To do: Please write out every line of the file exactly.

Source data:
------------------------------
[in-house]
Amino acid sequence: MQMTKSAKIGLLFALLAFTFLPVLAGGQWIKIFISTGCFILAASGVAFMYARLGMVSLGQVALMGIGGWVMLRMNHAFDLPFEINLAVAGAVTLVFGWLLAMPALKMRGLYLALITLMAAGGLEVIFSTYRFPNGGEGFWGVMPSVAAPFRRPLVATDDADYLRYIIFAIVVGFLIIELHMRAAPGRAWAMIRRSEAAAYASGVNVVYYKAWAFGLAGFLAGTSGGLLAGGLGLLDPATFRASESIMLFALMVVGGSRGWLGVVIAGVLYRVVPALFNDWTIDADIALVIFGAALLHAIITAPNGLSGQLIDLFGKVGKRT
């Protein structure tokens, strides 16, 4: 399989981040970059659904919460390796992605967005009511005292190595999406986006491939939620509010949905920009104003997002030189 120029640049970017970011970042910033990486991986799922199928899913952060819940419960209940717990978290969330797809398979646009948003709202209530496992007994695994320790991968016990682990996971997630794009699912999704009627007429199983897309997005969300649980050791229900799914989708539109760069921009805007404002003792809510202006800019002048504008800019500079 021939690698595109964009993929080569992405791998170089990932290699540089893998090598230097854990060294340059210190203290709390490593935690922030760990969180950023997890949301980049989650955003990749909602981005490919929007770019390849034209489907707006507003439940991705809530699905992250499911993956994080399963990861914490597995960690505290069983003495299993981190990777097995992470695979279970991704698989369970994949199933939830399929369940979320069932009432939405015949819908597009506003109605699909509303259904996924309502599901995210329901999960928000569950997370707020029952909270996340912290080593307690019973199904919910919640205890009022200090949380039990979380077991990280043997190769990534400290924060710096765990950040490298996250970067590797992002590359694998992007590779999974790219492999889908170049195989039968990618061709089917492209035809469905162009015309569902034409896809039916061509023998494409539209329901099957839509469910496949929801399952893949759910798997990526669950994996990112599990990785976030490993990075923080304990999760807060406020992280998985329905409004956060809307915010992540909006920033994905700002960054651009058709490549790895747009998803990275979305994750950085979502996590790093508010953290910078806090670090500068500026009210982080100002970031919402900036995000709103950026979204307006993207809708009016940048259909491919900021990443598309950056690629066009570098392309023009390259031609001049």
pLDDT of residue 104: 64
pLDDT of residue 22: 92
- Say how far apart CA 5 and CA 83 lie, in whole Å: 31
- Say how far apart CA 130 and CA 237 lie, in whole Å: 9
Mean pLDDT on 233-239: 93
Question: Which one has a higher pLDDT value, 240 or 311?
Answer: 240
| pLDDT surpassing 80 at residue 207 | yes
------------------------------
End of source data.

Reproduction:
[in-house]
Amino acid sequence: MQMTKSAKIGLLFALLAFTFLPVLAGGQWIKIFISTGCFILAASGVAFMYARLGMVSLGQVALMGIGGWVMLRMNHAFDLPFEINLAVAGAVTLVFGWLLAMPALKMRGLYLALITLMAAGGLEVIFSTYRFPNGGEGFWGVMPSVAAPFRRPLVATDDADYLRYIIFAIVVGFLIIELHMRAAPGRAWAMIRRSEAAAYASGVNVVYYKAWAFGLAGFLAGTSGGLLAGGLGLLDPATFRASESIMLFALMVVGGSRGWLGVVIAGVLYRVVPALFNDWTIDADIALVIFGAALLHAIITAPNGLSGQLIDLFGKVGKRT
């Protein structure tokens, strides 16, 4: 399989981040970059659904919460390796992605967005009511005292190595999406986006491939939620509010949905920009104003997002030189 120029640049970017970011970042910033990486991986799922199928899913952060819940419960209940717990978290969330797809398979646009948003709202209530496992007994695994320790991968016990682990996971997630794009699912999704009627007429199983897309997005969300649980050791229900799914989708539109760069921009805007404002003792809510202006800019002048504008800019500079 021939690698595109964009993929080569992405791998170089990932290699540089893998090598230097854990060294340059210190203290709390490593935690922030760990969180950023997890949301980049989650955003990749909602981005490919929007770019390849034209489907707006507003439940991705809530699905992250499911993956994080399963990861914490597995960690505290069983003495299993981190990777097995992470695979279970991704698989369970994949199933939830399929369940979320069932009432939405015949819908597009506003109605699909509303259904996924309502599901995210329901999960928000569950997370707020029952909270996340912290080593307690019973199904919910919640205890009022200090949380039990979380077991990280043997190769990534400290924060710096765990950040490298996250970067590797992002590359694998992007590779999974790219492999889908170049195989039968990618061709089917492209035809469905162009015309569902034409896809039916061509023998494409539209329901099957839509469910496949929801399952893949759910798997990526669950994996990112599990990785976030490993990075923080304990999760807060406020992280998985329905409004956060809307915010992540909006920033994905700002960054651009058709490549790895747009998803990275979305994750950085979502996590790093508010953290910078806090670090500068500026009210982080100002970031919402900036995000709103950026979204307006993207809708009016940048259909491919900021990443598309950056690629066009570098392309023009390259031609001049």
pLDDT of residue 104: 64
pLDDT of residue 22: 92
- Say how far apart CA 5 and CA 83 lie, in whole Å: 31
- Say how far apart CA 130 and CA 237 lie, in whole Å: 9
Mean pLDDT on 233-239: 93
Question: Which one has a higher pLDDT value, 240 or 311?
Answer: 240
| pLDDT surpassing 80 at residue 207 | yes